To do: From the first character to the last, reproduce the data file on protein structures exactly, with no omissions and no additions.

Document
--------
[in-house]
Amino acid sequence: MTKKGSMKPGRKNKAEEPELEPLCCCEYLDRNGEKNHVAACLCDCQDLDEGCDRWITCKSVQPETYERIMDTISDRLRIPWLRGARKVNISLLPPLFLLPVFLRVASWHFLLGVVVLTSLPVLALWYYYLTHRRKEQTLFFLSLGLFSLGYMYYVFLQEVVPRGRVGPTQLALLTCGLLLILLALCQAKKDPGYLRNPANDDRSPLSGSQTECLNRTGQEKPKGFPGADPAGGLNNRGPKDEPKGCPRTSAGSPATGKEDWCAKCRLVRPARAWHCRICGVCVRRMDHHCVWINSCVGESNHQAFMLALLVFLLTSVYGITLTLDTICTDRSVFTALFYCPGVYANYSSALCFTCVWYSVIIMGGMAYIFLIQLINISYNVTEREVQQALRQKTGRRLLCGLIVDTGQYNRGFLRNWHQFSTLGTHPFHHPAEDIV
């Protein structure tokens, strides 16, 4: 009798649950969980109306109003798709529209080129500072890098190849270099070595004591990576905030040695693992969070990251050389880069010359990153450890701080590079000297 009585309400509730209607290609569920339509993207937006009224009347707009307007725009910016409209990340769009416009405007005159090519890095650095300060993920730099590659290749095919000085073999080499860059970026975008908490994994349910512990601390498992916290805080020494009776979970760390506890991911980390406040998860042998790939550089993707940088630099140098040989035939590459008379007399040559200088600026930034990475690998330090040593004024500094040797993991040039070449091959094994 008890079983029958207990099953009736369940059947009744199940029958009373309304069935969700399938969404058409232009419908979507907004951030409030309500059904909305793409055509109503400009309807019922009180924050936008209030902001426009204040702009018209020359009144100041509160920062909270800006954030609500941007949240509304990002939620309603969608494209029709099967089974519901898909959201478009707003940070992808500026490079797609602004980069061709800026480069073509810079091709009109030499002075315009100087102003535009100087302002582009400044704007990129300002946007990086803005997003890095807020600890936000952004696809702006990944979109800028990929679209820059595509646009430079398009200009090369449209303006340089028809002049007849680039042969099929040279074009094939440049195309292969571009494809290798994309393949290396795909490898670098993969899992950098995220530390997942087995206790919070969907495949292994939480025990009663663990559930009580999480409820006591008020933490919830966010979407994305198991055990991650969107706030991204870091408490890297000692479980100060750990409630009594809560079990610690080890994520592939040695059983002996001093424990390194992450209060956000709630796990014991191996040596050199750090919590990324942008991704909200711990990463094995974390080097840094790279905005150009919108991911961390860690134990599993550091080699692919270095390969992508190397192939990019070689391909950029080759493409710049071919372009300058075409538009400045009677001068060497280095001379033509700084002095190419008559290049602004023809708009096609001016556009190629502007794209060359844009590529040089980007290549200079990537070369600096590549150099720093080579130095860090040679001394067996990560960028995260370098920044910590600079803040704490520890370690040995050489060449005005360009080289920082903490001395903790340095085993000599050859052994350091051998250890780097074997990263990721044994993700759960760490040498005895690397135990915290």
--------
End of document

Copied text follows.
[in-house]
Amino acid sequence: MTKKGSMKPGRKNKAEEPELEPLCCCEYLDRNGEKNHVAACLCDCQDLDEGCDRWITCKSVQPETYERIMDTISDRLRIPWLRGARKVNISLLPPLFLLPVFLRVASWHFLLGVVVLTSLPVLALWYYYLTHRRKEQTLFFLSLGLFSLGYMYYVFLQEVVPRGRVGPTQLALLTCGLLLILLALCQAKKDPGYLRNPANDDRSPLSGSQTECLNRTGQEKPKGFPGADPAGGLNNRGPKDEPKGCPRTSAGSPATGKEDWCAKCRLVRPARAWHCRICGVCVRRMDHHCVWINSCVGESNHQAFMLALLVFLLTSVYGITLTLDTICTDRSVFTALFYCPGVYANYSSALCFTCVWYSVIIMGGMAYIFLIQLINISYNVTEREVQQALRQKTGRRLLCGLIVDTGQYNRGFLRNWHQFSTLGTHPFHHPAEDIV
């Protein structure tokens, strides 16, 4: 009798649950969980109306109003798709529209080129500072890098190849270099070595004591990576905030040695693992969070990251050389880069010359990153450890701080590079000297 009585309400509730209607290609569920339509993207937006009224009347707009307007725009910016409209990340769009416009405007005159090519890095650095300060993920730099590659290749095919000085073999080499860059970026975008908490994994349910512990601390498992916290805080020494009776979970760390506890991911980390406040998860042998790939550089993707940088630099140098040989035939590459008379007399040559200088600026930034990475690998330090040593004024500094040797993991040039070449091959094994 008890079983029958207990099953009736369940059947009744199940029958009373309304069935969700399938969404058409232009419908979507907004951030409030309500059904909305793409055509109503400009309807019922009180924050936008209030902001426009204040702009018209020359009144100041509160920062909270800006954030609500941007949240509304990002939620309603969608494209029709099967089974519901898909959201478009707003940070992808500026490079797609602004980069061709800026480069073509810079091709009109030499002075315009100087102003535009100087302002582009400044704007990129300002946007990086803005997003890095807020600890936000952004696809702006990944979109800028990929679209820059595509646009430079398009200009090369449209303006340089028809002049007849680039042969099929040279074009094939440049195309292969571009494809290798994309393949290396795909490898670098993969899992950098995220530390997942087995206790919070969907495949292994939480025990009663663990559930009580999480409820006591008020933490919830966010979407994305198991055990991650969107706030991204870091408490890297000692479980100060750990409630009594809560079990610690080890994520592939040695059983002996001093424990390194992450209060956000709630796990014991191996040596050199750090919590990324942008991704909200711990990463094995974390080097840094790279905005150009919108991911961390860690134990599993550091080699692919270095390969992508190397192939990019070689391909950029080759493409710049071919372009300058075409538009400045009677001068060497280095001379033509700084002095190419008559290049602004023809708009096609001016556009190629502007794209060359844009590529040089980007290549200079990537070369600096590549150099720093080579130095860090040679001394067996990560960028995260370098920044910590600079803040704490520890370690040995050489060449005005360009080289920082903490001395903790340095085993000599050859052994350091051998250890780097074997990263990721044994993700759960760490040498005895690397135990915290």